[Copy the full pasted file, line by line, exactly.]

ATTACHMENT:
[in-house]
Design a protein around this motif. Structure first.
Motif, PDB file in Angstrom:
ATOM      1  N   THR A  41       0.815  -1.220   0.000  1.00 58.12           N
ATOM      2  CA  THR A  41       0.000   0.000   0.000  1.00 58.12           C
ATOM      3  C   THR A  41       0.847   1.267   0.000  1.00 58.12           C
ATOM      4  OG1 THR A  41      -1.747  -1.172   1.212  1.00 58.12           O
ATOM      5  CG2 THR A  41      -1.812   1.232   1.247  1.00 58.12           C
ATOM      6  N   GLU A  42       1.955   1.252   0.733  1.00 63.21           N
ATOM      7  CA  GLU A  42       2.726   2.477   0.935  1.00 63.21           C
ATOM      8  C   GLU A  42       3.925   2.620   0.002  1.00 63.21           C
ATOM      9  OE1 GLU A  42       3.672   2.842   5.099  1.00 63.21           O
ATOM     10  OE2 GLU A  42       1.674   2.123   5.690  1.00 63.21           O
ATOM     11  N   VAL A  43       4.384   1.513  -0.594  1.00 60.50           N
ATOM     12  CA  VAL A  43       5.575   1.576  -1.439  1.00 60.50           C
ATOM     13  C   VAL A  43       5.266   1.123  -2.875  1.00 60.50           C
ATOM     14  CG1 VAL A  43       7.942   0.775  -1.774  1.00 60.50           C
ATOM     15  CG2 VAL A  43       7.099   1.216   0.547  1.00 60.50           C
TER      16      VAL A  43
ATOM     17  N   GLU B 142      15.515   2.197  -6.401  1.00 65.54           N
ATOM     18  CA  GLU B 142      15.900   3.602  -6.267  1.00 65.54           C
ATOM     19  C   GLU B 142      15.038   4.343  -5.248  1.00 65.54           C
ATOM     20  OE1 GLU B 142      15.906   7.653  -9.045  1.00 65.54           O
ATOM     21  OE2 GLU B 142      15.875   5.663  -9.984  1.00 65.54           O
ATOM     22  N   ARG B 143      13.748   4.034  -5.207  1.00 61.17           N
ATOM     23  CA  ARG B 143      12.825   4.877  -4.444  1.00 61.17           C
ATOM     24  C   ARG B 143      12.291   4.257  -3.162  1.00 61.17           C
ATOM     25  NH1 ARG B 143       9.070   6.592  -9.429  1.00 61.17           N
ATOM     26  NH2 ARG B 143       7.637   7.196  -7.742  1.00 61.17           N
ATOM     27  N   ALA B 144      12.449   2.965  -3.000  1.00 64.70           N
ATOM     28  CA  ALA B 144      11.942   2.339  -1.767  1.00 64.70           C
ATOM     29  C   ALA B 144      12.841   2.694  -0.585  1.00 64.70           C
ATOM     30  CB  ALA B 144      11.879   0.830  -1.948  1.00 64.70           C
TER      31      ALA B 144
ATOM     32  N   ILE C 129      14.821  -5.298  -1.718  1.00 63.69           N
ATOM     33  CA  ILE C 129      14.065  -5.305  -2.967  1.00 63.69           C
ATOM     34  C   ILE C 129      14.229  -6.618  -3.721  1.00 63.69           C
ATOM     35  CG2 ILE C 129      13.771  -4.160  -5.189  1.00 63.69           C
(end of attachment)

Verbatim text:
[in-house]
Design a protein around this motif. Structure first.
Motif, PDB file in Angstrom:
ATOM      1  N   THR A  41       0.815  -1.220   0.000  1.00 58.12           N
ATOM      2  CA  THR A  41       0.000   0.000   0.000  1.00 58.12           C
ATOM      3  C   THR A  41       0.847   1.267   0.000  1.00 58.12           C
ATOM      4  OG1 THR A  41      -1.747  -1.172   1.212  1.00 58.12           O
ATOM      5  CG2 THR A  41      -1.812   1.232   1.247  1.00 58.12           C
ATOM      6  N   GLU A  42       1.955   1.252   0.733  1.00 63.21           N
ATOM      7  CA  GLU A  42       2.726   2.477   0.935  1.00 63.21           C
ATOM      8  C   GLU A  42       3.925   2.620   0.002  1.00 63.21           C
ATOM      9  OE1 GLU A  42       3.672   2.842   5.099  1.00 63.21           O
ATOM     10  OE2 GLU A  42       1.674   2.123   5.690  1.00 63.21           O
ATOM     11  N   VAL A  43       4.384   1.513  -0.594  1.00 60.50           N
ATOM     12  CA  VAL A  43       5.575   1.576  -1.439  1.00 60.50           C
ATOM     13  C   VAL A  43       5.266   1.123  -2.875  1.00 60.50           C
ATOM     14  CG1 VAL A  43       7.942   0.775  -1.774  1.00 60.50           C
ATOM     15  CG2 VAL A  43       7.099   1.216   0.547  1.00 60.50           C
TER      16      VAL A  43
ATOM     17  N   GLU B 142      15.515   2.197  -6.401  1.00 65.54           N
ATOM     18  CA  GLU B 142      15.900   3.602  -6.267  1.00 65.54           C
ATOM     19  C   GLU B 142      15.038   4.343  -5.248  1.00 65.54           C
ATOM     20  OE1 GLU B 142      15.906   7.653  -9.045  1.00 65.54           O
ATOM     21  OE2 GLU B 142      15.875   5.663  -9.984  1.00 65.54           O
ATOM     22  N   ARG B 143      13.748   4.034  -5.207  1.00 61.17           N
ATOM     23  CA  ARG B 143      12.825   4.877  -4.444  1.00 61.17           C
ATOM     24  C   ARG B 143      12.291   4.257  -3.162  1.00 61.17           C
ATOM     25  NH1 ARG B 143       9.070   6.592  -9.429  1.00 61.17           N
ATOM     26  NH2 ARG B 143       7.637   7.196  -7.742  1.00 61.17           N
ATOM     27  N   ALA B 144      12.449   2.965  -3.000  1.00 64.70           N
ATOM     28  CA  ALA B 144      11.942   2.339  -1.767  1.00 64.70           C
ATOM     29  C   ALA B 144      12.841   2.694  -0.585  1.00 64.70           C
ATOM     30  CB  ALA B 144      11.879   0.830  -1.948  1.00 64.70           C
TER      31      ALA B 144
ATOM     32  N   ILE C 129      14.821  -5.298  -1.718  1.00 63.69           N
ATOM     33  CA  ILE C 129      14.065  -5.305  -2.967  1.00 63.69           C
ATOM     34  C   ILE C 129      14.229  -6.618  -3.721  1.00 63.69           C
ATOM     35  CG2 ILE C 129      13.771  -4.160  -5.189  1.00 63.69           C